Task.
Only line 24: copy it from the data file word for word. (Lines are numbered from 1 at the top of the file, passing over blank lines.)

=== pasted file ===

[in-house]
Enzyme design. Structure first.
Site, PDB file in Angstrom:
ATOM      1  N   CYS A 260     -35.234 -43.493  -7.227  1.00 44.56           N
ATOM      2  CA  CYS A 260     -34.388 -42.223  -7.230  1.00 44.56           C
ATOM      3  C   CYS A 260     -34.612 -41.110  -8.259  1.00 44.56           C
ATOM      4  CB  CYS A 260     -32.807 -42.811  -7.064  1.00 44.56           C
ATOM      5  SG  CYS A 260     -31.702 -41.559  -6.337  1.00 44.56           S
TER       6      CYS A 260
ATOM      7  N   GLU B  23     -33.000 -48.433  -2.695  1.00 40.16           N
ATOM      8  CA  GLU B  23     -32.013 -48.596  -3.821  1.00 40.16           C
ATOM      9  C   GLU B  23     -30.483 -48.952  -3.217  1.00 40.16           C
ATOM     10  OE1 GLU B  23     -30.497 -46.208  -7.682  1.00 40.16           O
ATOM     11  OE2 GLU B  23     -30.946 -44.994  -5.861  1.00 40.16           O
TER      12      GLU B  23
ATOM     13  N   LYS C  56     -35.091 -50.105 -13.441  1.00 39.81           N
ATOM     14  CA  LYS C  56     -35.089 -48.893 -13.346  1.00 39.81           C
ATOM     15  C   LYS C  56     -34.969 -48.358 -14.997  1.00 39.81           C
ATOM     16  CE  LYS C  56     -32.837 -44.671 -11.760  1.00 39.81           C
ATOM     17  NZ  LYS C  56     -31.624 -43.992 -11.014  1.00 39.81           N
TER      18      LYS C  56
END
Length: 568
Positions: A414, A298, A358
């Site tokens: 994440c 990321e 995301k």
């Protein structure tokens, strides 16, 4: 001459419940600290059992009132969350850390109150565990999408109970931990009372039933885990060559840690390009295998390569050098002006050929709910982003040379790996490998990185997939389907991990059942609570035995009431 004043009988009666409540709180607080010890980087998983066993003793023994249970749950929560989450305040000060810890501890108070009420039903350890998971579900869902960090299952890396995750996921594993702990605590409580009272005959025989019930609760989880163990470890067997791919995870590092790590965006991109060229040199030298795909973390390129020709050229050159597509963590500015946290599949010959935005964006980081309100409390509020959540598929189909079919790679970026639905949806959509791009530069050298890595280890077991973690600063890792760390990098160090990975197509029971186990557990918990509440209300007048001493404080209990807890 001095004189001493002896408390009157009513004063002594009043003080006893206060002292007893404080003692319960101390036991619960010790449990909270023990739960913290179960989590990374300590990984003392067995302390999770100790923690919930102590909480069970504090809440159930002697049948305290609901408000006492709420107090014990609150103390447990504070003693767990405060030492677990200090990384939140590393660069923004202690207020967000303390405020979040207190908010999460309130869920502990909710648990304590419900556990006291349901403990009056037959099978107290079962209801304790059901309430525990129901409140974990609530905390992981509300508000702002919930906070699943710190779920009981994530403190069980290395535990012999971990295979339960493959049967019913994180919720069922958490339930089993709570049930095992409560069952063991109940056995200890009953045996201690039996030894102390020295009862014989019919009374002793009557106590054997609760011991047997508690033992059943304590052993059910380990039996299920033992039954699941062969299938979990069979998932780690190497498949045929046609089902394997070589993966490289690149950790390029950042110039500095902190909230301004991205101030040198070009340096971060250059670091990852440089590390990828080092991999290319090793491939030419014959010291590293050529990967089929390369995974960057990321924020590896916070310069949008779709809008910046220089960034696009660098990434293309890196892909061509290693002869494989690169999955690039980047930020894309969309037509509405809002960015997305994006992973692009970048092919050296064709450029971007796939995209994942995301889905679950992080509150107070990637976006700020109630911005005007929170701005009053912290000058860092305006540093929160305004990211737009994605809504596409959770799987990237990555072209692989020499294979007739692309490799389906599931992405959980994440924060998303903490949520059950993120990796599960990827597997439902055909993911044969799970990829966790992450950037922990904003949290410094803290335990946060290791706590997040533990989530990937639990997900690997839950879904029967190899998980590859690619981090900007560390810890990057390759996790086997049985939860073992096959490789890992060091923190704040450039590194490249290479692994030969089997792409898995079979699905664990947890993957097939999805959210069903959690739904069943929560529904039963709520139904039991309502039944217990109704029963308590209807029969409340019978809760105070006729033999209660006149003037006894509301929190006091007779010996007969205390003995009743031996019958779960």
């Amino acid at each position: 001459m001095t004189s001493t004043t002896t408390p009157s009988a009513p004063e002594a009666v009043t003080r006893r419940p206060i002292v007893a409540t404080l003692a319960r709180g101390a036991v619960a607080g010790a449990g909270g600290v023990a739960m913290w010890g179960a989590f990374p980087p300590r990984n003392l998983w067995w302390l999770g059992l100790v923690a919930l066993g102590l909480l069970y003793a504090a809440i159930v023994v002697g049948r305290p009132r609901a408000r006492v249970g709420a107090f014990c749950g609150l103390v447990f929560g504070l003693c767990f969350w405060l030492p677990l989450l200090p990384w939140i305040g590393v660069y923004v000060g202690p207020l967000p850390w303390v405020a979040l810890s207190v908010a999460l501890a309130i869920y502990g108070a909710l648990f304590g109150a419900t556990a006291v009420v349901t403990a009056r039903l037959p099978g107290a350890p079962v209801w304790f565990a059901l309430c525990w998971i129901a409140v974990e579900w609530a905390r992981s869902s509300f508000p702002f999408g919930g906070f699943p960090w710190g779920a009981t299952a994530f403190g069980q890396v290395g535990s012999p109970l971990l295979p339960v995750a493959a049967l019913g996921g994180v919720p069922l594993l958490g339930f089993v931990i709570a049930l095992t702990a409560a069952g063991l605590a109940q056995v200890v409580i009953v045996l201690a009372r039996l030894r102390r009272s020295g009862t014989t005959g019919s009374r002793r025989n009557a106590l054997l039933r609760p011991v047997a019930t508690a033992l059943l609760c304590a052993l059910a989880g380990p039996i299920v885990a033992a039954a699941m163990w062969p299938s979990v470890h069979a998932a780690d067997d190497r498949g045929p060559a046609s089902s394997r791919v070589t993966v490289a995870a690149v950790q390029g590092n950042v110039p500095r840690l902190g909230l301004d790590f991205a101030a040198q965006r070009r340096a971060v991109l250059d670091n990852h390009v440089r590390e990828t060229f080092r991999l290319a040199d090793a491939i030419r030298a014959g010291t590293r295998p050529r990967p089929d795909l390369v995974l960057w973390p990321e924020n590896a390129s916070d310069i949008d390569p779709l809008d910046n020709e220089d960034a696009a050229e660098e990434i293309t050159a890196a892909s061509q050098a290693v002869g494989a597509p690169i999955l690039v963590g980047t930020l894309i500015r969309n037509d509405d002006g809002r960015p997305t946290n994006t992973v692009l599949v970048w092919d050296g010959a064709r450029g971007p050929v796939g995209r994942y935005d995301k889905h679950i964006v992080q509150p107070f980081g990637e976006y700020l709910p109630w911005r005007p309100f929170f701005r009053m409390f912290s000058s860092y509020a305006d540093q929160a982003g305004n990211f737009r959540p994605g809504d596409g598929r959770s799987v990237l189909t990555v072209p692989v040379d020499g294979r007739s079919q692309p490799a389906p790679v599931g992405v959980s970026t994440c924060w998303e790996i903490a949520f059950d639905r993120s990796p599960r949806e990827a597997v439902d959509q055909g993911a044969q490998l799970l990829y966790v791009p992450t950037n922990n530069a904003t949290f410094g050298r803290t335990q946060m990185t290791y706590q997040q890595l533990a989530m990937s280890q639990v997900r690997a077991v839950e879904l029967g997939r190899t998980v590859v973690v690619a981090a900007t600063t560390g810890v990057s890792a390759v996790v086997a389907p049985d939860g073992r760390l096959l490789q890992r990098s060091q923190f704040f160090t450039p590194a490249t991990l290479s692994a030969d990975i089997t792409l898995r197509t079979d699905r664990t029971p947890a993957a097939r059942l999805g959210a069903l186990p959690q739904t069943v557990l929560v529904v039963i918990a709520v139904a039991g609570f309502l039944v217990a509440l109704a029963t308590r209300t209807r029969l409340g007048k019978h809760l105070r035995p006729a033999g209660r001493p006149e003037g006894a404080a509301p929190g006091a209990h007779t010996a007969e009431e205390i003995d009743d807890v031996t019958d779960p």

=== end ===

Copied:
Positions: A414, A298, A358